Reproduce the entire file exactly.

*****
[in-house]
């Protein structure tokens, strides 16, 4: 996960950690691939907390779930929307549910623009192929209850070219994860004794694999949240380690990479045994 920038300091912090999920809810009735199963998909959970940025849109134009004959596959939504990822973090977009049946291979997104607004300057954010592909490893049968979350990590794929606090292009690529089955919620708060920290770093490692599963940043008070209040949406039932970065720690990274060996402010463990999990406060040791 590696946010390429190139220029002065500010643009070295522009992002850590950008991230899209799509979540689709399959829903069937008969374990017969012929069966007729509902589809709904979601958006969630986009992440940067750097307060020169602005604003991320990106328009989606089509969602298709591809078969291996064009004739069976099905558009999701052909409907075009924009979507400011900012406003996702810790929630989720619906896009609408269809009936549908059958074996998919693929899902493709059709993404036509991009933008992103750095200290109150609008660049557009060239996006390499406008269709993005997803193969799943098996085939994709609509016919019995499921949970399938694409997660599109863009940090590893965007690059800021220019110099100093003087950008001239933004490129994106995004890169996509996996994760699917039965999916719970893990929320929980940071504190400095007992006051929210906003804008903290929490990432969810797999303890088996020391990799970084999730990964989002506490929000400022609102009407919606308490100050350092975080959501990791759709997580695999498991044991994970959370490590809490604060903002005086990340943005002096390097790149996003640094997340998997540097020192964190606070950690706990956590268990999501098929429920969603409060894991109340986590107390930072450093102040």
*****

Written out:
[in-house]
């Protein structure tokens, strides 16, 4: 996960950690691939907390779930929307549910623009192929209850070219994860004794694999949240380690990479045994 920038300091912090999920809810009735199963998909959970940025849109134009004959596959939504990822973090977009049946291979997104607004300057954010592909490893049968979350990590794929606090292009690529089955919620708060920290770093490692599963940043008070209040949406039932970065720690990274060996402010463990999990406060040791 590696946010390429190139220029002065500010643009070295522009992002850590950008991230899209799509979540689709399959829903069937008969374990017969012929069966007729509902589809709904979601958006969630986009992440940067750097307060020169602005604003991320990106328009989606089509969602298709591809078969291996064009004739069976099905558009999701052909409907075009924009979507400011900012406003996702810790929630989720619906896009609408269809009936549908059958074996998919693929899902493709059709993404036509991009933008992103750095200290109150609008660049557009060239996006390499406008269709993005997803193969799943098996085939994709609509016919019995499921949970399938694409997660599109863009940090590893965007690059800021220019110099100093003087950008001239933004490129994106995004890169996509996996994760699917039965999916719970893990929320929980940071504190400095007992006051929210906003804008903290929490990432969810797999303890088996020391990799970084999730990964989002506490929000400022609102009407919606308490100050350092975080959501990791759709997580695999498991044991994970959370490590809490604060903002005086990340943005002096390097790149996003640094997340998997540097020192964190606070950690706990956590268990999501098929429920969603409060894991109340986590107390930072450093102040």